So when I was shopping recently, I decided that I should be a bit better about what sort of body products I buy. I headed over to the eco-aisle in our neighborhood grocery store and found an all-natural, biodegradable, herbal body wash. The packaging was boring, but not in a scary-culty Dr. Bronner's Castile Soap sort of way, and one of the herbs listed was lavender, which is one of my favorites. So into the basket it went.

The next morning I showered with the body wash without incident. A few hours later, I was sitting at my desk when I found myself becoming unusually nostalgic for my days as a poor but noble environmental organizer. What's going on? I wondered. I'm never nostalgic for that time. I was broke and exploited and worked 100-hour weeks and had no life! What the he--

Patchouli. Fucking patchouli. Fucking goddamned patchouli was one of the four herbs contained in the body wash, which I would have known if I had read past the word "lavender." But I hadn't, and so I reeked of patchouli, and no amount of scrubbing with my lovely but distinctly unbiodegradable grapefruit body scrub that night made it come off. So I spent the next few days skulking around, too embarrassed to even leave the house, smelling like hippie.

But let us be patently clear. Yes, I used to work as an environmental organizer in Santa Barbara. Yes, I employed a number of hippies in my office, including a hippie from Kentucky who had ended up in Santa Barbara because his VW van had broken down there. Yes, that hippie ended up sleeping on my couch for $100 a month after his other hippie friends repaired the bus and drove off without him in the middle of the night. Yes, the hippie ended up choosing a closet over the couch and slept in the closet each night and would emerge Jesus-like from the closet each morning, evoking obvious Real Genius comparisons that no one seemed to make but me. Yes, the hippie started inviting other hippies over, until one day one of the other hippies started stashing stolen electronic gear in the apartment and my other roommates and I told our hippie roommate that the other hippies were no longer welcome. Yes, our hippie then ditched his job and ditched the apartment without warning and stuck us with a huge phone bill. Yes, that hippie was eventually replaced by two other hippies who came to Santa Barbara from Boston by hopping a train. Yes, those two new hippies showed up with fleas. Yes, the two new hippies then clogged our showers and sinks with hippie goo when they bathed for the first time in however many days, costing me my security deposit.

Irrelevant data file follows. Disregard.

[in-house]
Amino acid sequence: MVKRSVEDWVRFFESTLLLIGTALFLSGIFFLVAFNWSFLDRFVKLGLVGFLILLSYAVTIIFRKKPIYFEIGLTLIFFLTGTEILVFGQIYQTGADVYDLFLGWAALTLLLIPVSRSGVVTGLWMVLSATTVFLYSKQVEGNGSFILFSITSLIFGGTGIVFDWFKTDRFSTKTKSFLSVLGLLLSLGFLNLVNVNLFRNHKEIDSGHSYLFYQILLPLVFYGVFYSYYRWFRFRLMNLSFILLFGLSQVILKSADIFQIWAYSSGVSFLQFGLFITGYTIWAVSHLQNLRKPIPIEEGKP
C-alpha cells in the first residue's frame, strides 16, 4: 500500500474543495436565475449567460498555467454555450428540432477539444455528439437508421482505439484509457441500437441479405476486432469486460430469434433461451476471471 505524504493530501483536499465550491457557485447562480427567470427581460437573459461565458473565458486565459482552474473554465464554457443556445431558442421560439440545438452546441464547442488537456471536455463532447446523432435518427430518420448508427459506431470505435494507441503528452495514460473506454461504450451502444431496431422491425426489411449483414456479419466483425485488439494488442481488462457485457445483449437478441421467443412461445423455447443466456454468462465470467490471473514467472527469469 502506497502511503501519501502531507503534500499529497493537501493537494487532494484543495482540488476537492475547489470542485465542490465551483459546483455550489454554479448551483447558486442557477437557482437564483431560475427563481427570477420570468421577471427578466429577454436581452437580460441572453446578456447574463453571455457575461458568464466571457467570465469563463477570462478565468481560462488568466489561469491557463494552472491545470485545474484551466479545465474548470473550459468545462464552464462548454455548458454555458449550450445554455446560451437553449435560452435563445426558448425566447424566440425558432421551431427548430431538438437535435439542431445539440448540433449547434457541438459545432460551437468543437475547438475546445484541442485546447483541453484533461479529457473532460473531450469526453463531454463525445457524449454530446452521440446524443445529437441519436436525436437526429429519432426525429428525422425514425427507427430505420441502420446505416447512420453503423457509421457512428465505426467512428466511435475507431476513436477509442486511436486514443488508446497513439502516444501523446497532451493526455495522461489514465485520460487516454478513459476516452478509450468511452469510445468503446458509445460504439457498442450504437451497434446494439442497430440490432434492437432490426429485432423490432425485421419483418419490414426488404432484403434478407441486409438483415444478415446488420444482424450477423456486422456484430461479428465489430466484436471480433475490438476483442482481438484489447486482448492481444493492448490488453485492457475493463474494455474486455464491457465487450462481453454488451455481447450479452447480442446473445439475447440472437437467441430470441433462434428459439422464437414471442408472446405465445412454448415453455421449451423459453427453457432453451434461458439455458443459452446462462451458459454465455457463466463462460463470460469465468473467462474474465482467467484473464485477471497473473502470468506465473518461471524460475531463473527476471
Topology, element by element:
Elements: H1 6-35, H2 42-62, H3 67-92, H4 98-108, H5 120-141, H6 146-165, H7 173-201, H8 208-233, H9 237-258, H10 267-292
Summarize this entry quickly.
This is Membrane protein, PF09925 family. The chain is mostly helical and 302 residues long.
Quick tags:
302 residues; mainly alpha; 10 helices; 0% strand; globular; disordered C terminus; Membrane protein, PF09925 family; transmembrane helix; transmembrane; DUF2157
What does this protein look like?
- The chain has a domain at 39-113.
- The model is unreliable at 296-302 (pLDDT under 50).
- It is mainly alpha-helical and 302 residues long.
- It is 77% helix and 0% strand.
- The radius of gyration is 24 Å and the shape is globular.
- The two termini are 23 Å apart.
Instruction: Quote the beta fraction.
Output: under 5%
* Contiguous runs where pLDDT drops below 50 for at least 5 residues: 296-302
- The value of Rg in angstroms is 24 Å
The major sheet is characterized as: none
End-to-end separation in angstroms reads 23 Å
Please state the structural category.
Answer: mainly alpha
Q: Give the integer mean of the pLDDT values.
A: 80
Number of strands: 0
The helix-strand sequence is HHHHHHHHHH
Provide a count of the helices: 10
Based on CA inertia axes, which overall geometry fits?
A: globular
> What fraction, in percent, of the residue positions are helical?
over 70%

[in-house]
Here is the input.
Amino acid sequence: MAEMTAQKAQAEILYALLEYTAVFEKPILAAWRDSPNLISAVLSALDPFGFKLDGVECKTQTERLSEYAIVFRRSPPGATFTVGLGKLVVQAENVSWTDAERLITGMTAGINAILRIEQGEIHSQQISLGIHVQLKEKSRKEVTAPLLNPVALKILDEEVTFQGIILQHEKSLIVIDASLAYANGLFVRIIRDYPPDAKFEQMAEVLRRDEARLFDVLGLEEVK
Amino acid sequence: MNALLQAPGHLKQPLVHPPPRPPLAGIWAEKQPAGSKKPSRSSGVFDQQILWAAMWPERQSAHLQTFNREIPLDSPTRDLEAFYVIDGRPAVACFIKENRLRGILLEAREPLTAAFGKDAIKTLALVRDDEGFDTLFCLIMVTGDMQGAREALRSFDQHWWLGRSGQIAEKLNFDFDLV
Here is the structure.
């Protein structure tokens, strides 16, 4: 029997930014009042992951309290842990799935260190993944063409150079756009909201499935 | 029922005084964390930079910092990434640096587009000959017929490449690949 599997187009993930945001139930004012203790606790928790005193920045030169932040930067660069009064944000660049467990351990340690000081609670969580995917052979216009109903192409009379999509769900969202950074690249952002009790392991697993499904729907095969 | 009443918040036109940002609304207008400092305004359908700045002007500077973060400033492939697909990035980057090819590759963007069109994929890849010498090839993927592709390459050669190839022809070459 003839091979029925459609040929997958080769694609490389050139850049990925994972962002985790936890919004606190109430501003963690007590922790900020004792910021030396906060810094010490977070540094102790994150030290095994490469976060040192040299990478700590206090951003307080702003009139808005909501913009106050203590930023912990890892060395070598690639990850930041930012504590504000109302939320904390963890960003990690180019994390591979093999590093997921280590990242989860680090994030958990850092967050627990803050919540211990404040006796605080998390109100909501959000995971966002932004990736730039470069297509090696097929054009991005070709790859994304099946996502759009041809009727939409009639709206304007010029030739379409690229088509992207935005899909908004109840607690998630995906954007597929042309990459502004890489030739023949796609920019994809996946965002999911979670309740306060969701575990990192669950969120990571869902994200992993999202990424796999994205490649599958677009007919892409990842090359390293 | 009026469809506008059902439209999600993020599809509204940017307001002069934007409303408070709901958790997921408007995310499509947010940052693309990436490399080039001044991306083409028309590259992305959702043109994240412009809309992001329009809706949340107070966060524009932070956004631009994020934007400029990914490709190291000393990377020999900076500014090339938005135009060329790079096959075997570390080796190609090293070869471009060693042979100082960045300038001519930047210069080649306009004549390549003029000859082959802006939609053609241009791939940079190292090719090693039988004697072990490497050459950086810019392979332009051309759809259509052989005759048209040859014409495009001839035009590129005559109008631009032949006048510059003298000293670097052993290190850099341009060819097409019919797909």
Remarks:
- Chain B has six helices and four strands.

BUT. I. am. not. a. hippie. Or as I put it to the hubby a few weeks' back when we were watching a documentary on the Altamont Free Concert:

"Man, I would have made the worst hippie."


"Because I hate crowds and I hate hippies."

And people wonder why I never went to Burning Man.
Wednesday, May 09, 2007

Does Chuck E. Cheese do limo valet?

Don't ask me how or why I came across this today (okay, fine, my birthday's coming up and I can't decide what I feel like doing), but this is from a few-months-old Time article about kids' birthday parties:

"Ask a parent about birthday parties and you'll probably get a sigh and a description of the last party their kid went to — limousine service, a petting zoo or Ferris wheel, and definitely elaborate goody bags — followed by their despair at having to organize their own equally expensive party for their child's birthday."

First Time names all 5 billion of us the Person of the Year, then they craft a lede and story that all 5 billion of us can relate to. Truly the magazine of the people.